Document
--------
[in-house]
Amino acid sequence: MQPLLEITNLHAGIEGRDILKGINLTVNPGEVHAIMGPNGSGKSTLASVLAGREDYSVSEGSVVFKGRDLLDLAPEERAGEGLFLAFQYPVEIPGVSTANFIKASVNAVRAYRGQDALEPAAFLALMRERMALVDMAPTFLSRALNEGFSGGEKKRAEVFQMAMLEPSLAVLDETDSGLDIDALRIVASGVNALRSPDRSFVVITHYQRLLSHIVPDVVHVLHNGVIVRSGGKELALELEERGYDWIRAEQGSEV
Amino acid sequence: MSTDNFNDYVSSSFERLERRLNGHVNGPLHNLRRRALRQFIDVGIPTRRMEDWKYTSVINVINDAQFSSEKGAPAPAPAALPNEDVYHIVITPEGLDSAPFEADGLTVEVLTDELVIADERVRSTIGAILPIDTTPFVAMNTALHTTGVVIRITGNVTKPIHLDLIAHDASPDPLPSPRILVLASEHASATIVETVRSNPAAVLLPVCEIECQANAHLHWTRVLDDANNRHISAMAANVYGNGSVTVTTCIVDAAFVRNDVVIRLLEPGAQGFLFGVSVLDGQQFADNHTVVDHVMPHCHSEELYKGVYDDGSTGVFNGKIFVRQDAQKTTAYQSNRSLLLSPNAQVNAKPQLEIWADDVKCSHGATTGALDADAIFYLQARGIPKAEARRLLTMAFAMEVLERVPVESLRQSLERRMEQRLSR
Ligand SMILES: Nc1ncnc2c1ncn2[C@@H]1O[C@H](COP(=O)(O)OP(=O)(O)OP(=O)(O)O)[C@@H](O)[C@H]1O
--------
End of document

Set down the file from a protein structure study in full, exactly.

[in-house]
Amino acid sequence: MQPLLEITNLHAGIEGRDILKGINLTVNPGEVHAIMGPNGSGKSTLASVLAGREDYSVSEGSVVFKGRDLLDLAPEERAGEGLFLAFQYPVEIPGVSTANFIKASVNAVRAYRGQDALEPAAFLALMRERMALVDMAPTFLSRALNEGFSGGEKKRAEVFQMAMLEPSLAVLDETDSGLDIDALRIVASGVNALRSPDRSFVVITHYQRLLSHIVPDVVHVLHNGVIVRSGGKELALELEERGYDWIRAEQGSEV
Amino acid sequence: MSTDNFNDYVSSSFERLERRLNGHVNGPLHNLRRRALRQFIDVGIPTRRMEDWKYTSVINVINDAQFSSEKGAPAPAPAALPNEDVYHIVITPEGLDSAPFEADGLTVEVLTDELVIADERVRSTIGAILPIDTTPFVAMNTALHTTGVVIRITGNVTKPIHLDLIAHDASPDPLPSPRILVLASEHASATIVETVRSNPAAVLLPVCEIECQANAHLHWTRVLDDANNRHISAMAANVYGNGSVTVTTCIVDAAFVRNDVVIRLLEPGAQGFLFGVSVLDGQQFADNHTVVDHVMPHCHSEELYKGVYDDGSTGVFNGKIFVRQDAQKTTAYQSNRSLLLSPNAQVNAKPQLEIWADDVKCSHGATTGALDADAIFYLQARGIPKAEARRLLTMAFAMEVLERVPVESLRQSLERRMEQRLSR
Ligand SMILES: Nc1ncnc2c1ncn2[C@@H]1O[C@H](COP(=O)(O)OP(=O)(O)OP(=O)(O)O)[C@@H](O)[C@H]1O